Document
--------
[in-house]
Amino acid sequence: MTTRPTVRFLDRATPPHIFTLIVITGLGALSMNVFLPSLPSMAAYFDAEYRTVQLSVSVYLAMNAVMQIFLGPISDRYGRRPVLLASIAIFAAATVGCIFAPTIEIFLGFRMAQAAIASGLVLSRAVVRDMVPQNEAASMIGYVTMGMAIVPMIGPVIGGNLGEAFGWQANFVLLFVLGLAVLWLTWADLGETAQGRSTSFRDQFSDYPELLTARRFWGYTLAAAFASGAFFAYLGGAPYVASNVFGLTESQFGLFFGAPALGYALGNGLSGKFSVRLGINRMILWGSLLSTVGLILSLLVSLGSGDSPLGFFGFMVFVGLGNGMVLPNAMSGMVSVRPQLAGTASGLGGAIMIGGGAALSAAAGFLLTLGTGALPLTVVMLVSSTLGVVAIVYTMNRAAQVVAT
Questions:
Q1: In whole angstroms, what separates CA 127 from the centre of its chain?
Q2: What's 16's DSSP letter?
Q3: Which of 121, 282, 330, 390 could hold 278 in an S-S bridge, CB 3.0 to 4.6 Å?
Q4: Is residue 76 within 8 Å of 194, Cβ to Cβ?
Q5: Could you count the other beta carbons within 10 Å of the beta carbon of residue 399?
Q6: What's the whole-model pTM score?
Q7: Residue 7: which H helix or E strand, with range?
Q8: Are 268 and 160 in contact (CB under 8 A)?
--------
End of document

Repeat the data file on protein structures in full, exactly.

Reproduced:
[in-house]
Amino acid sequence: MTTRPTVRFLDRATPPHIFTLIVITGLGALSMNVFLPSLPSMAAYFDAEYRTVQLSVSVYLAMNAVMQIFLGPISDRYGRRPVLLASIAIFAAATVGCIFAPTIEIFLGFRMAQAAIASGLVLSRAVVRDMVPQNEAASMIGYVTMGMAIVPMIGPVIGGNLGEAFGWQANFVLLFVLGLAVLWLTWADLGETAQGRSTSFRDQFSDYPELLTARRFWGYTLAAAFASGAFFAYLGGAPYVASNVFGLTESQFGLFFGAPALGYALGNGLSGKFSVRLGINRMILWGSLLSTVGLILSLLVSLGSGDSPLGFFGFMVFVGLGNGMVLPNAMSGMVSVRPQLAGTASGLGGAIMIGGGAALSAAAGFLLTLGTGALPLTVVMLVSSTLGVVAIVYTMNRAAQVVAT
Questions:
Q1: In whole angstroms, what separates CA 127 from the centre of its chain?
Q2: What's 16's DSSP letter?
Q3: Which of 121, 282, 330, 390 could hold 278 in an S-S bridge, CB 3.0 to 4.6 Å?
Q4: Is residue 76 within 8 Å of 194, Cβ to Cβ?
Q5: Could you count the other beta carbons within 10 Å of the beta carbon of residue 399?
Q6: What's the whole-model pTM score?
Q7: Residue 7: which H helix or E strand, with range?
Q8: Are 268 and 160 in contact (CB under 8 A)?